WED 16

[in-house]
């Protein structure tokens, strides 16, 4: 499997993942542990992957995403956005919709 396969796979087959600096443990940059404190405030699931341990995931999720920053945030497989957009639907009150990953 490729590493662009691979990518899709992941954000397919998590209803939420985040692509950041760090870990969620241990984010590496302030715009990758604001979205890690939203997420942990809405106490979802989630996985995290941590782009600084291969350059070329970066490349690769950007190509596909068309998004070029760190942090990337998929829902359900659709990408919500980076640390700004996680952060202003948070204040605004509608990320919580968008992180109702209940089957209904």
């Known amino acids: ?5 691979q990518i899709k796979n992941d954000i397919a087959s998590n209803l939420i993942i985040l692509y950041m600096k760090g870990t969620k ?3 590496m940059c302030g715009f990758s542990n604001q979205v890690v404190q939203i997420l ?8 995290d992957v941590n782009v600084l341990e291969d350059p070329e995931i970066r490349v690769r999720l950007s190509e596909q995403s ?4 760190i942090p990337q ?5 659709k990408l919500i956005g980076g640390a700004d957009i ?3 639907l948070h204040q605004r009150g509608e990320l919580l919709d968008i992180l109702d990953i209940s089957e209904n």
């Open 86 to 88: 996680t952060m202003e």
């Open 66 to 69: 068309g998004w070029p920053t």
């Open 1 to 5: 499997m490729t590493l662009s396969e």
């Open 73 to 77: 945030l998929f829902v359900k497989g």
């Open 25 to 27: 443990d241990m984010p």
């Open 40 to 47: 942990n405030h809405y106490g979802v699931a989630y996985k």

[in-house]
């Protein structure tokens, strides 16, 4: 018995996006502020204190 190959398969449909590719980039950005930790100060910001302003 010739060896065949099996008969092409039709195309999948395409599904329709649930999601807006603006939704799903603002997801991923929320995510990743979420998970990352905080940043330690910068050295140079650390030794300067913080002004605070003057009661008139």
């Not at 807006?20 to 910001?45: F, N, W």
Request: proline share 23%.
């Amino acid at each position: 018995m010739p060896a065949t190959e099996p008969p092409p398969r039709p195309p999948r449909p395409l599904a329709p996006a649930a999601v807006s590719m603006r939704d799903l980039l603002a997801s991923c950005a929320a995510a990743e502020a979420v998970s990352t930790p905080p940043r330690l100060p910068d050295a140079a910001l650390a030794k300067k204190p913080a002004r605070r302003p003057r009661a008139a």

Talk about strange bedfellows. One is an over-garrulous, fashion-dictating talk show queen; the other, a permanent therapy patient recounting his dysfunctional family. Yes, it's Joan Rivers and Louie Anderson, and they're performing tonight at the Kravis Center for the Performing Arts (701 Okeechobee Blvd., West Palm Beach). There's a good chance you're too young to remember Rivers back when she, you know, did something worthwhile ("Who are you wearing?!" -- Arggh! Make it stop!). But it's true; the multi-talented comedienne has been honored with both an Emmy Award and (yup) the Harvard Instant Pudding Award -- something the admittedly food-lovin' Anderson would like to display on his mantle. With a shtick based mostly on tales of his troubled upbringing, it's only appropriate that Anderson was once host of Family Feud. Let's hope his recent appearance on Dr. Phil hasn't affected his comedy. Show starts at 8 p.m. Tickets cost $15 to $100. Call 561-832-7469. (JB)